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State panel to review OHP neck, back pain coverage


The Oregon Health Authority announced Friday that the Health Evidence Review Commission (HERC), will reopen discussions on the coverage guidelines related to neck and back pain implemented in 2016, beginning this winter.

OHA and HERC leadership said that new evidence regarding opioid therapy and opioid tapering that have emerged over the past year warranted another look at the back pain guidelines. At its meeting next Thursday, HERC will continue its deliberations on the chronic pain proposal currently under consideration, lifting a pause requested by OHA leadership while a third-party review was underway.

“The evidence on the effectiveness of opioid therapy for chronic pain and opioid tapering are limited, but rapidly growing,” said Dana Hargunani, M.D., chief medical officer at OHA. “We are grateful to the HERC for facilitating thoughtful, methodical deliberations in the face of limited evidence.”

In 2016 the HERC expanded Oregon Health Plan coverage for neck and back pain, newly approving non-pharmacological services such as physical and occupational therapy, cognitive behavioral therapy, acupuncture and yoga. The benefit package also included a one-year timeline to taper neck and back pain patients from long-term opioid therapy.

In 2017 OHA convened the Chronic Pain Task Force to explore whether a similar expansion of services should be offered for OHP patients with five other chronic pain conditions: chronic pain due to trauma, post-procedural chronic pain, chronic pain syndrome, other chronic pain, and fibromyalgia. Currently, these conditions are not intended to be covered by OHP.

The proposal that was informed by the task force garnered considerable concern and attention from advocates, providers and experts across the country, prompting deeper dives into the evidence. Most recently OHA commissioned a third-party review by Washington-based Aggregate Analytics Inc. (AAI) to evaluate how closely the proposal aligned with available evidence.

“The past year has been a valuable learning experience for OHA and the HERC,” said Kevin Olson, M.D., HERC chairman. “Not only will we apply what we learned to the chronic pain proposal currently under consideration, we feel there is enough new evidence to reopen the 2016 back pain guidelines to ensure our policies align with our best understanding of clinical evidence. I want to thank the advocates and experts who have voiced concerns and directed our attention to new information.”

HERC deliberations on chronic pain proposal to continue

On May 16. the HERC will be presented with findings from AAI’s report alongside their options to consider regarding coverage for the five chronic pain conditions.

The key findings of the report include:

The evidence review conducted by HERC staff was limited to adults, but children and adolescents with these conditions may be included in the coverage under consideration. In some cases, effectiveness of an intervention was extrapolated from literature regarding other chronic pain conditions (e.g., back pain or osteoarthritis) due to limited evidence across the range of diagnoses that could be studied as “chronic pain.” The overall evidence to support many of the interventions for chronic pain is sparse. The cited evidence is inadequate to support the exclusion of fibromyalgia for the use of opioids either in the short or long term. There is very low evidence on opioid tapering. An expanded search for high-quality systematic reviews and evidence-based clinical guidelines may be of benefit.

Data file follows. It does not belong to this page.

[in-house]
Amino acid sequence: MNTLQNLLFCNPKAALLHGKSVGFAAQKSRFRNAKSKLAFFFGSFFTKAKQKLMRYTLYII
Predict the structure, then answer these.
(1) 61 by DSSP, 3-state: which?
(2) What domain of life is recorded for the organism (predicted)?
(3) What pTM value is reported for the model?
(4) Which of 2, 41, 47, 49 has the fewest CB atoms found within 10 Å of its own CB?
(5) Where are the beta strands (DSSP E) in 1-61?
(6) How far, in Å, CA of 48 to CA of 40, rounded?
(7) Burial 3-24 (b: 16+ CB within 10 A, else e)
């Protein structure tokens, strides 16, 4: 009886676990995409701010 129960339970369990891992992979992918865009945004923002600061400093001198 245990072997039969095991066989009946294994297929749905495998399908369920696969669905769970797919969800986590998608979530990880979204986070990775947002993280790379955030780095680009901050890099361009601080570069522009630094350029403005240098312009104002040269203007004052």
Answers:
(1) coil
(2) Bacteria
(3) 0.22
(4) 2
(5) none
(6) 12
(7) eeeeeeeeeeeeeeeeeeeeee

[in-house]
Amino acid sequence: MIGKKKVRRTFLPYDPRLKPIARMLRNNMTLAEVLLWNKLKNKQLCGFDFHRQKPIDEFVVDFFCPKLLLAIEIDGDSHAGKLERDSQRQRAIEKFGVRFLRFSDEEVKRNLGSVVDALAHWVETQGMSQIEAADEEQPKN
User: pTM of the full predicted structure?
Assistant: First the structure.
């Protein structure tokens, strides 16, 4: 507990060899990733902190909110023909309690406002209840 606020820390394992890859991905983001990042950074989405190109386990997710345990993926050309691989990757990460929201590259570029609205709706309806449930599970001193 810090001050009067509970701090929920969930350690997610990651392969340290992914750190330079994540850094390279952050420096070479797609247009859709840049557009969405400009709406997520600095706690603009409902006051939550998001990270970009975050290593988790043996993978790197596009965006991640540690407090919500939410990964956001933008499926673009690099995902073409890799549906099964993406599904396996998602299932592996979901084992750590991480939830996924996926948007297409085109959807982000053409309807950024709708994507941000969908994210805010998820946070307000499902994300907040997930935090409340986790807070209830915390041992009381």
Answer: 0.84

“We want to thank AAI for their rapid and thorough review,” Dr. Hargunani said. “Many of the key findings from the AAI report have previously been discussed at HERC meetings or represent challenges that the HERC must frequently consider in face of limited evidence. The AAI report and its key findings will need to be considered closely by the HERC during their final consideration of the proposal.”

The three options OHA staff will present for HERC’s consideration include:

Option 1: Make no changes to the coverage for five chronic pain conditions and their treatments due to insufficient evidence of effectiveness. Option 2: Adopt the modified Chronic Pain Task Force proposal for reprioritization of the five conditions and their treatments, as presented at the March 2019 Value-based Benefits Subcommittee (VbBS)/HERC meetings Adds coverage for various non-pharmacologic therapies such as cognitive behavioral therapy, physical therapy and acupuncture. Adds coverage for non-opioid pharmacologic therapies such as gabapentin, pregabalin and duloxetine. Adds coverage for opioid therapy for four of the five conditions for appropriate patients. Option 3: Adopt a further revised proposal for reprioritization, informed by the recent AAI evidence appraisal and public input, as modified by OHA staff. Adds all benefits from option 2. Additional options for consideration related to long-term opioid therapy coverage, including for fibromyalgia.

The HERC will meet from 1:30 to 4:30 p.m. at the Clackamas Community College Wilsonville Training Center, Rooms 111-112, 29353 SW Town Center Loop E in Wilsonville. The full meeting materials, including the AAI report, can be found on the OHA website.

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